there was Ashton Prince at Table 25,
who was looking for a wife.
Thirty to her twenty,
and a Mormon at that,
he was gloriously unmarked—
piercings and tattoos had he none.

But alas, this prince saw her only
as a server willing to chitchat,
for she was known as “The Comely Backwater Kid”.
Though her hands were clean,
her hair needed a cut,
for the ends split every which way.

Pale and wan,
she was often tired
from cleaning up after her father and brothers.
She never thought of her mother,
who’d only married the miser for his money,
thinking it would benefit her daughter.
She laughed miserably at the irony
that she was poorer than she had been
when her 99-percenter father had been alive.

So there was Ashton,
ordering his usual—
the Steak Diane—
with Rosy, the waitress,
a riveting one, at that,
with her Italian charm and French perfume,
talking him into some dessert.

Ella still had twenty minutes till her shift,
and so she went to the picnic table out back,
where no one was smoking for a change.
She started to cry,
pulling an old napkin—
smelling of brown gravy—
from her apron.

Then suddenly,
a man she had never seen,
wearing the uniform of the diner,
came up to her,
sooty as a coal miner.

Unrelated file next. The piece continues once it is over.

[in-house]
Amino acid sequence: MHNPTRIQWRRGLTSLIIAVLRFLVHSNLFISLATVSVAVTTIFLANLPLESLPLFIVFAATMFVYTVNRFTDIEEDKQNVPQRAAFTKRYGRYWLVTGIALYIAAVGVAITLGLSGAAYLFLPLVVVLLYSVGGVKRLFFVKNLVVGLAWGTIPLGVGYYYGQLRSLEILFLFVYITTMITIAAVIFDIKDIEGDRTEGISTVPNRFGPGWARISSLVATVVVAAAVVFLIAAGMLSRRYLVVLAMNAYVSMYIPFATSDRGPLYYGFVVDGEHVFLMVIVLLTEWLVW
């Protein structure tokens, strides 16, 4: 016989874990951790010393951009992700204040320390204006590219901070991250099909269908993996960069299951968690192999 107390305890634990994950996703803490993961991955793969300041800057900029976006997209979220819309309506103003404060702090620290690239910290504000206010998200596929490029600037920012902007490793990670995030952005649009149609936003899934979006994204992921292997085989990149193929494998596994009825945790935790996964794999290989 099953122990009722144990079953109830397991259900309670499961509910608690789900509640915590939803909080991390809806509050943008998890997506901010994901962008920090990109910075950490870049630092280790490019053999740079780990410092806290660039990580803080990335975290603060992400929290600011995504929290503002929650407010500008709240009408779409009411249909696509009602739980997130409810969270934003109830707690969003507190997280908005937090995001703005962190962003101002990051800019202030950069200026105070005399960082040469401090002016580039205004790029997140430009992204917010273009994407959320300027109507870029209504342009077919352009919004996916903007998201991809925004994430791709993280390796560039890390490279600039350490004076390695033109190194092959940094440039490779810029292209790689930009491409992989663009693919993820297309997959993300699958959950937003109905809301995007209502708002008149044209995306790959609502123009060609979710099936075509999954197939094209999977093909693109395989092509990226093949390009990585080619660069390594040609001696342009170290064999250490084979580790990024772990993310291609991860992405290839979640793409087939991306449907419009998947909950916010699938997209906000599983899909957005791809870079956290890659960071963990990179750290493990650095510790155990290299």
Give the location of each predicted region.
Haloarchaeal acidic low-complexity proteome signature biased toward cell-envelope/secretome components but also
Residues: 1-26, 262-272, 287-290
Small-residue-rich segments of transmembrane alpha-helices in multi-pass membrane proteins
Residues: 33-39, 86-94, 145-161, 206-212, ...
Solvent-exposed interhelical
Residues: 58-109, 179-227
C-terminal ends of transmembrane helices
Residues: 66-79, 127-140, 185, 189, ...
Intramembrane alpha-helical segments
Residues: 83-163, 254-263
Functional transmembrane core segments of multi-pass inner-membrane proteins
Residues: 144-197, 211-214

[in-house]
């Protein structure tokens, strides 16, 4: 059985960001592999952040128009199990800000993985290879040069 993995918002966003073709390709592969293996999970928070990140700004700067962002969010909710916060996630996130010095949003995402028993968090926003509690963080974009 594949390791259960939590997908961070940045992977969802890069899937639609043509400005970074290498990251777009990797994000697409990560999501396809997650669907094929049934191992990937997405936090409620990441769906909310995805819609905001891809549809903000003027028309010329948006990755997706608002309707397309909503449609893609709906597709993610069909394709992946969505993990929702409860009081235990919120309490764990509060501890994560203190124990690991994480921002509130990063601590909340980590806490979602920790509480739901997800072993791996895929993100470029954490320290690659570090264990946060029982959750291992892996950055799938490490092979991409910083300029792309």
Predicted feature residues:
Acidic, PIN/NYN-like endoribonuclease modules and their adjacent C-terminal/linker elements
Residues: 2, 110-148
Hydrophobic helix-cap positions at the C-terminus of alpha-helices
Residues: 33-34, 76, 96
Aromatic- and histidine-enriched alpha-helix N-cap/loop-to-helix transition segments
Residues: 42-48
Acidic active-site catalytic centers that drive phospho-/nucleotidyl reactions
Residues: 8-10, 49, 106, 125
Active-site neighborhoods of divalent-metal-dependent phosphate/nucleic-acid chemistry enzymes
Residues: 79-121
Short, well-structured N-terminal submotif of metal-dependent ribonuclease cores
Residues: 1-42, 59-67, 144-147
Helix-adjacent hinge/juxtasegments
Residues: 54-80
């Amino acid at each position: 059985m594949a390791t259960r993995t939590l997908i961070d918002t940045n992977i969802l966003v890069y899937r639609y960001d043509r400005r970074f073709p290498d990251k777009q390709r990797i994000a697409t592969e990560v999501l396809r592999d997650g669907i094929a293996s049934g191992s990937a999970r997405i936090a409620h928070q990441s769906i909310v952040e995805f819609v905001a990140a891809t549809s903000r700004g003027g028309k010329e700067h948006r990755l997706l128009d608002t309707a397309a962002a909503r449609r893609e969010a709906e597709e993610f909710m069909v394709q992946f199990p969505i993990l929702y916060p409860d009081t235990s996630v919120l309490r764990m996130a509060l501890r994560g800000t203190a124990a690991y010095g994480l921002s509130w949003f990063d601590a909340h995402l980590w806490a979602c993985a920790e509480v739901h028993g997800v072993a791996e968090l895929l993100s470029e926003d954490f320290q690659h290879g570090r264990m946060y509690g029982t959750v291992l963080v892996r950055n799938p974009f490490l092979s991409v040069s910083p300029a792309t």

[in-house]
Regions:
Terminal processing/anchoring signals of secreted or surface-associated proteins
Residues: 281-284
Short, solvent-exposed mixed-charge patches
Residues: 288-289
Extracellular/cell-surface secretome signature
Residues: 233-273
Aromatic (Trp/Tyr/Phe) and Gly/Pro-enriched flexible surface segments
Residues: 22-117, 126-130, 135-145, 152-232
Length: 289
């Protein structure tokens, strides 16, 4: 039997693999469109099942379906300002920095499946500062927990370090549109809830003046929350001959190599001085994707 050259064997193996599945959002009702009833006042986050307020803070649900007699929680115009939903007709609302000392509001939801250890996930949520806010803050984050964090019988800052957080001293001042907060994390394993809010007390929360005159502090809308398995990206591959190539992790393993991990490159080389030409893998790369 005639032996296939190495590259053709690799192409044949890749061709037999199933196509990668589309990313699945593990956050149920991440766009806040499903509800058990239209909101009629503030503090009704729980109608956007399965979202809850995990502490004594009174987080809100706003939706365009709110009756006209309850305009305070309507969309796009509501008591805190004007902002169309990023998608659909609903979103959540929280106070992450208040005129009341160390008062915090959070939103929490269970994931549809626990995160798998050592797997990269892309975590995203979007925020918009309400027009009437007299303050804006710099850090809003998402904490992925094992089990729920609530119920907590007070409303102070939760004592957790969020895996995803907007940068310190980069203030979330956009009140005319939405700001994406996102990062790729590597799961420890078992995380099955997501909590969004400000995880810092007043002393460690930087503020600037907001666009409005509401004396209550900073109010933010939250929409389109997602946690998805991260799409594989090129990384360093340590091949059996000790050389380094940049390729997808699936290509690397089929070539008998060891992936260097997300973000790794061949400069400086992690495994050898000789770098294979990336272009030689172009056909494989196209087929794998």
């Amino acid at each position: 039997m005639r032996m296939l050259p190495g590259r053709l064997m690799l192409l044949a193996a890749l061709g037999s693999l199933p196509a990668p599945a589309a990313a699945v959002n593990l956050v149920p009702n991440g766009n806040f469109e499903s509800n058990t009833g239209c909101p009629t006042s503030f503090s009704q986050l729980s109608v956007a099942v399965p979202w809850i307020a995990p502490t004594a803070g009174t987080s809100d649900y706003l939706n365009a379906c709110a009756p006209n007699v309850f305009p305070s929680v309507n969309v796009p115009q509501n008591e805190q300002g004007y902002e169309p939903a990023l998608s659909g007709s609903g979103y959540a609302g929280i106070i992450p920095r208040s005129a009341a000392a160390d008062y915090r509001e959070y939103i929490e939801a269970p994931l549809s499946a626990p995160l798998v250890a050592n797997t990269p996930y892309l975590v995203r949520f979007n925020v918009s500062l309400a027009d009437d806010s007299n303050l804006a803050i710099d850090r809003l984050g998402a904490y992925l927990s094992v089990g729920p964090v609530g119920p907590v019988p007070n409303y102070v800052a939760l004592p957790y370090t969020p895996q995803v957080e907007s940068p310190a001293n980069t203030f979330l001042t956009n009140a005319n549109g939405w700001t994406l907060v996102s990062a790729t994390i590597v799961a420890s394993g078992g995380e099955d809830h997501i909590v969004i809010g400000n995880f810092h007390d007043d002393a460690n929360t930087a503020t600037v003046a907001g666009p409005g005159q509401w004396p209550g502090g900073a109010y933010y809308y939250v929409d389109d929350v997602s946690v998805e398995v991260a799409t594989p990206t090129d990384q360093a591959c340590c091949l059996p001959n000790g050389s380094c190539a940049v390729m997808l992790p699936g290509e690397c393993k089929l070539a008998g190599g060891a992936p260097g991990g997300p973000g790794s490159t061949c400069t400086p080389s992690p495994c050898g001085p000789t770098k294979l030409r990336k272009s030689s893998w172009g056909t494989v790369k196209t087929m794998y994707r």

“Hello,” she said, sniffling,
and he smiled and said,
“I’m Harry, and I’m here for you.”
Ella looked around,
but he told her not to fear,
for her fairy godfather was here.

“I’m here to make your prince see you
as you really are—the Daughter of a King.”

Since it was Halloween night,
he dressed her up as the Duchess of Cambridge;
her Caddy was now a mint-green Minnie Cooper,
her shoes making her feel ten feet tall.

“T’will be when the diner closes at nine,
the spell will be broken,
and you will be as you were,
so you’ve but four hours to make this man
fall in love with you, Ella unseen.”

He sprinkled some dust,
ground from the seeds of forget-me-nots,
so that none would recognize her.

She walked through the front door—
no longer “the help”—
breezing by the hostess.
She went to the booth where her prince
was soothing his sweet tooth,
and asked, “Is this seat taken?”

So taken with her he was,
over the course of an hour,
and three courses in,
that he pulled his mother’s engagement ring
from his pocket.
“Whosoever this ring fits,
that will be the girl for you,” she’d said.
He let her try it on,
and it fit like a Trump in a tower.

Suddenly, it was closing time,
and she said, “I have to go”,
but the spell broke before she could get away,
and he saw her as she had been,
and as she was now.

“Forgive me, Ella, for being such a dolt,
for you had my heart at ‘Sweet or Unsweet?’”

He took her away from her evil brood,
and they were married in the temple the next day
possible.
She got to know her Heavenly Father,
and knew through Him,
she would be reunited with her earthly father,
and would be sealed for time and all eternity
to her prince in a shining Mercedes.

As for Randy, Andy, and Jeb,
they eventually each ran for mayor,